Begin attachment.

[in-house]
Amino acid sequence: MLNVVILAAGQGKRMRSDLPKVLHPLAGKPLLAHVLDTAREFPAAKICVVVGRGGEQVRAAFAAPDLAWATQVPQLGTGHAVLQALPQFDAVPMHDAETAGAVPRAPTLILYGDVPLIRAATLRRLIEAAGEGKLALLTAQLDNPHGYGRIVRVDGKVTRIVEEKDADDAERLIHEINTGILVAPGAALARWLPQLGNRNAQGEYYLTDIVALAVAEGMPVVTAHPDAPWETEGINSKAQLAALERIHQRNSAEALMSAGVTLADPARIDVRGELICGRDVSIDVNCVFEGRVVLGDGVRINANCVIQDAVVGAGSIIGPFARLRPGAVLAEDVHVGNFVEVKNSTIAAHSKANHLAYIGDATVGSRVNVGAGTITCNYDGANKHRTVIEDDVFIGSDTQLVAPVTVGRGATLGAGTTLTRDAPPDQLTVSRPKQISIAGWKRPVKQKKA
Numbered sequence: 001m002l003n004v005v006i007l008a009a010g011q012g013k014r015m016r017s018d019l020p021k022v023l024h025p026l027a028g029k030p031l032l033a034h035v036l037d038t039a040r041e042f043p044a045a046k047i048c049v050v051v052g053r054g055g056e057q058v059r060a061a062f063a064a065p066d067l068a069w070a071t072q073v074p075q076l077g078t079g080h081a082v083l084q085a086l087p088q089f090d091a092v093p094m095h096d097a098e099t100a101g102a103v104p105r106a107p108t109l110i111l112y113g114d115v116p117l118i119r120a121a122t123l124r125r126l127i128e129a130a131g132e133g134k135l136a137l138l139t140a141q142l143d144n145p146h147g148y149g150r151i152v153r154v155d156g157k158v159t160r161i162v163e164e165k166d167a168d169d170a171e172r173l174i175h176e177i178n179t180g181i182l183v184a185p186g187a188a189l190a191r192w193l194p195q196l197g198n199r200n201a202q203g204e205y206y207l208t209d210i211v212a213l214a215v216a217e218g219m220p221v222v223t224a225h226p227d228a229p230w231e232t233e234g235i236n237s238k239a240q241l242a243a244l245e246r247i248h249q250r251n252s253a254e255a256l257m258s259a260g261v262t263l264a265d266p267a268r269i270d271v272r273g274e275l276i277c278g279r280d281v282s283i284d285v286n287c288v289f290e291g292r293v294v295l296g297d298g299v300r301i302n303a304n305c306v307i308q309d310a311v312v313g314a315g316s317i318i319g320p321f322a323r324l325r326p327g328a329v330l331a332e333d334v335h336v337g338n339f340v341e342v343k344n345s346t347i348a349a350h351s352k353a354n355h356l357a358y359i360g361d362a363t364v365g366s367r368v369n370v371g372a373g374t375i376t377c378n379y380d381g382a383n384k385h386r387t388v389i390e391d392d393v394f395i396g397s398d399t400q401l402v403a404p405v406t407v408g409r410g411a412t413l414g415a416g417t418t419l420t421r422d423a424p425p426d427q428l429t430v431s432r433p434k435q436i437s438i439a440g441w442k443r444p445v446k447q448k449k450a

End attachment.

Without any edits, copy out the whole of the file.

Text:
[in-house]
Amino acid sequence: MLNVVILAAGQGKRMRSDLPKVLHPLAGKPLLAHVLDTAREFPAAKICVVVGRGGEQVRAAFAAPDLAWATQVPQLGTGHAVLQALPQFDAVPMHDAETAGAVPRAPTLILYGDVPLIRAATLRRLIEAAGEGKLALLTAQLDNPHGYGRIVRVDGKVTRIVEEKDADDAERLIHEINTGILVAPGAALARWLPQLGNRNAQGEYYLTDIVALAVAEGMPVVTAHPDAPWETEGINSKAQLAALERIHQRNSAEALMSAGVTLADPARIDVRGELICGRDVSIDVNCVFEGRVVLGDGVRINANCVIQDAVVGAGSIIGPFARLRPGAVLAEDVHVGNFVEVKNSTIAAHSKANHLAYIGDATVGSRVNVGAGTITCNYDGANKHRTVIEDDVFIGSDTQLVAPVTVGRGATLGAGTTLTRDAPPDQLTVSRPKQISIAGWKRPVKQKKA
Numbered sequence: 001m002l003n004v005v006i007l008a009a010g011q012g013k014r015m016r017s018d019l020p021k022v023l024h025p026l027a028g029k030p031l032l033a034h035v036l037d038t039a040r041e042f043p044a045a046k047i048c049v050v051v052g053r054g055g056e057q058v059r060a061a062f063a064a065p066d067l068a069w070a071t072q073v074p075q076l077g078t079g080h081a082v083l084q085a086l087p088q089f090d091a092v093p094m095h096d097a098e099t100a101g102a103v104p105r106a107p108t109l110i111l112y113g114d115v116p117l118i119r120a121a122t123l124r125r126l127i128e129a130a131g132e133g134k135l136a137l138l139t140a141q142l143d144n145p146h147g148y149g150r151i152v153r154v155d156g157k158v159t160r161i162v163e164e165k166d167a168d169d170a171e172r173l174i175h176e177i178n179t180g181i182l183v184a185p186g187a188a189l190a191r192w193l194p195q196l197g198n199r200n201a202q203g204e205y206y207l208t209d210i211v212a213l214a215v216a217e218g219m220p221v222v223t224a225h226p227d228a229p230w231e232t233e234g235i236n237s238k239a240q241l242a243a244l245e246r247i248h249q250r251n252s253a254e255a256l257m258s259a260g261v262t263l264a265d266p267a268r269i270d271v272r273g274e275l276i277c278g279r280d281v282s283i284d285v286n287c288v289f290e291g292r293v294v295l296g297d298g299v300r301i302n303a304n305c306v307i308q309d310a311v312v313g314a315g316s317i318i319g320p321f322a323r324l325r326p327g328a329v330l331a332e333d334v335h336v337g338n339f340v341e342v343k344n345s346t347i348a349a350h351s352k353a354n355h356l357a358y359i360g361d362a363t364v365g366s367r368v369n370v371g372a373g374t375i376t377c378n379y380d381g382a383n384k385h386r387t388v389i390e391d392d393v394f395i396g397s398d399t400q401l402v403a404p405v406t407v408g409r410g411a412t413l414g415a416g417t418t419l420t421r422d423a424p425p426d427q428l429t430v431s432r433p434k435q436i437s438i439a440g441w442k443r444p445v446k447q448k449k450a